Ring by Koji Suzuki


The novel that started off the film franchise which consists of 12 films (and a few TV series) across the Japanese, Korean and American versions. For those not in the know, evil spirit Sadako (or Samara in the American films) has made a psychic videotape, which, if you watch it, you will die in seven days. It was at the forefront of the J-Horror (Japanese horror) film boom in the 90’s (other examples include The Grudge, Suzuki’s other novel-turn-film Dark Water and the disturbing Audition).

I was quite the fan of the American remake, The Ring, starring Naomi Watts, and thought it and its sequel were damn fine horror films. I had seen the original Japanese Ringu but never got into that series as a whole. That said, I thought I’d give the source material a try, particularly with all of this Covid-Stay at Home going on.

People normally say that the book is better than the film. This, however, is not the case. It couldn’t be further from the truth. The bones are there, but all of the good parts of the film, both visually and narratively, are essentially from the films.

The novel, Ring, tells the story of Asakawa, a journalist who delves into the mysterious deaths of four teenagers. The writing in the novel is pretty poor – and the translation can’t do much to elevate it, as evidenced from it having not one, but two translators – and the author somehow manages to make the main character have barely no character and still be unlikeable. And look, not all characters have to be likeable, but you need something.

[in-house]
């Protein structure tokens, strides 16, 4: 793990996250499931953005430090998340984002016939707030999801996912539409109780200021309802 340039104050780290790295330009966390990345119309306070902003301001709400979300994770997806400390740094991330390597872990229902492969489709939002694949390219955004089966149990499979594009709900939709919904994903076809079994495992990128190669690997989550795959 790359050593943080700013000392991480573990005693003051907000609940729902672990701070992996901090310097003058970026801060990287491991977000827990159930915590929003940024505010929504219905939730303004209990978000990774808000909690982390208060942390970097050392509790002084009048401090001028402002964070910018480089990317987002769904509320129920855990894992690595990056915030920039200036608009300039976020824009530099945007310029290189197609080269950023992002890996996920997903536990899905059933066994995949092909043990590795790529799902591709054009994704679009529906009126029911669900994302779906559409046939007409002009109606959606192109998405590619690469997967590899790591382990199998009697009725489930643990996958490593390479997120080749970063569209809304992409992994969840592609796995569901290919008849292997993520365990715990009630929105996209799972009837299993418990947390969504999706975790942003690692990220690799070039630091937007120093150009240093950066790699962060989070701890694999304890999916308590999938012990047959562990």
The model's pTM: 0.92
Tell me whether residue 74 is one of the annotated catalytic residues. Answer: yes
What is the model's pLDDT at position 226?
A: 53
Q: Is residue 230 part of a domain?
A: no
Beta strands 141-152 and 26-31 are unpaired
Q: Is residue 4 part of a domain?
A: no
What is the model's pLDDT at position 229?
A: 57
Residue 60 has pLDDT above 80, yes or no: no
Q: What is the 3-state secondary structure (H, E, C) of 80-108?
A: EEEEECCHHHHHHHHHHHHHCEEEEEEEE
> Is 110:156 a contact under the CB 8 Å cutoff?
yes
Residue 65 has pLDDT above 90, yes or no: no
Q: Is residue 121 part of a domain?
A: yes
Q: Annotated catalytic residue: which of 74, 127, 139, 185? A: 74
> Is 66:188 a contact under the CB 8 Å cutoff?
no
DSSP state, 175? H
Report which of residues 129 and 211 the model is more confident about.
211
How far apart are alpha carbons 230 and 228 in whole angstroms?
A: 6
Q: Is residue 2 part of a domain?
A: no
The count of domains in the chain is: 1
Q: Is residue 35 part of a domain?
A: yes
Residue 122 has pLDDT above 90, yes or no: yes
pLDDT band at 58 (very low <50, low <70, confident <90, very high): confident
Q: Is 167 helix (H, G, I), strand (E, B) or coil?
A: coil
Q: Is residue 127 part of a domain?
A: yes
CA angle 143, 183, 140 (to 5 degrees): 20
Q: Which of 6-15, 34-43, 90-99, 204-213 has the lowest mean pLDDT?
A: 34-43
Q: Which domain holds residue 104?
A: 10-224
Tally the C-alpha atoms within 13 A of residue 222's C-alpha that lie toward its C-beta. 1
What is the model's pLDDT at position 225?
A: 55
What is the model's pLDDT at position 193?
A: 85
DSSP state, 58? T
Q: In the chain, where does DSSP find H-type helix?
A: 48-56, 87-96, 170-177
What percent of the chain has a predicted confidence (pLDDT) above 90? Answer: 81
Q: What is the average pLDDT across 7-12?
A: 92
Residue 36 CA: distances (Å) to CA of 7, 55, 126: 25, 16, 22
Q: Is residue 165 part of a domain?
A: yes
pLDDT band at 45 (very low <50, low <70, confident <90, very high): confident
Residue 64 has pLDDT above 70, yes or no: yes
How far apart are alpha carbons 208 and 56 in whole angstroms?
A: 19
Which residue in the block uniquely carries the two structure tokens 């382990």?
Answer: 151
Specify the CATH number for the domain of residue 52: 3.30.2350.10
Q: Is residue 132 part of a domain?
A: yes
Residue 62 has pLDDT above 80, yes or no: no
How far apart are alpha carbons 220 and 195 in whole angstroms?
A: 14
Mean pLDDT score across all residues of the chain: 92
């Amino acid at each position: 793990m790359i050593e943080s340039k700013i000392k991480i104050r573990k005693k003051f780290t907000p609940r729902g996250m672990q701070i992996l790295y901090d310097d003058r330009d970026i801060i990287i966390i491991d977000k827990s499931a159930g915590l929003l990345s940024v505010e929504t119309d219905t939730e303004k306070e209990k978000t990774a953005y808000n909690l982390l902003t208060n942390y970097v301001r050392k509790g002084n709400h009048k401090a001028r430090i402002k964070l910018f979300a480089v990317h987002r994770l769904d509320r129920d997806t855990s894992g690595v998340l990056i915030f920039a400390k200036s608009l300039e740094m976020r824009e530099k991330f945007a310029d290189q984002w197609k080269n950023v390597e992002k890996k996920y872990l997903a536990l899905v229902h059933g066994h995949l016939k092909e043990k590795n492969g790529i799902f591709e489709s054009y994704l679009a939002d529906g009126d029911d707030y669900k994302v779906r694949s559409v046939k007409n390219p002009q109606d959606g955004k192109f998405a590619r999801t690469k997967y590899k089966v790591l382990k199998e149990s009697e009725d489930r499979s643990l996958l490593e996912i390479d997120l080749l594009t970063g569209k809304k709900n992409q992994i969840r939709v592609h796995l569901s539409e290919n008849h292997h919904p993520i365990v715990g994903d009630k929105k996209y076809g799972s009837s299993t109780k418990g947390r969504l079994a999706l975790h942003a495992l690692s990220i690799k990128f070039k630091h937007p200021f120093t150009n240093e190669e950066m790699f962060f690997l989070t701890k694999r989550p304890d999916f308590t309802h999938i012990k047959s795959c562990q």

And characters not being likeable brings me to my biggest issue with the book, Asakawa’s best friend and buddy Ryuji. Ryuji is a rapist, something he casually drops into conversation, something his best friend knows and whilst he, in theory, says he has a problem with it, he certainly doesn’t seem to. And Ryuji has raped multiple people, and Asakawa doesn’t care one jot.

This book is icily misogynistic. Sadako, is raped and murdered, by a man who basically just sees her and is driven into a frenzy. Both rapists in the book seem to have ‘zero control’ and the whole book talks over and over and over about how beautiful and seductive girls are.

To make matters worse, the book later suggests that Sadako influenced her rapist to rape and kill her. And further to this, Sadako’s rapist finds that she is intersex, and has testicles, and then the characters and the book go oh she’s not a real woman that explains why she wants this tape/virus to spread. All of it, is frankly, just vile.

A terrible book, badly written, nonsensical at times, wildly misogynistic and transphobic. Watch one of the movies instead.


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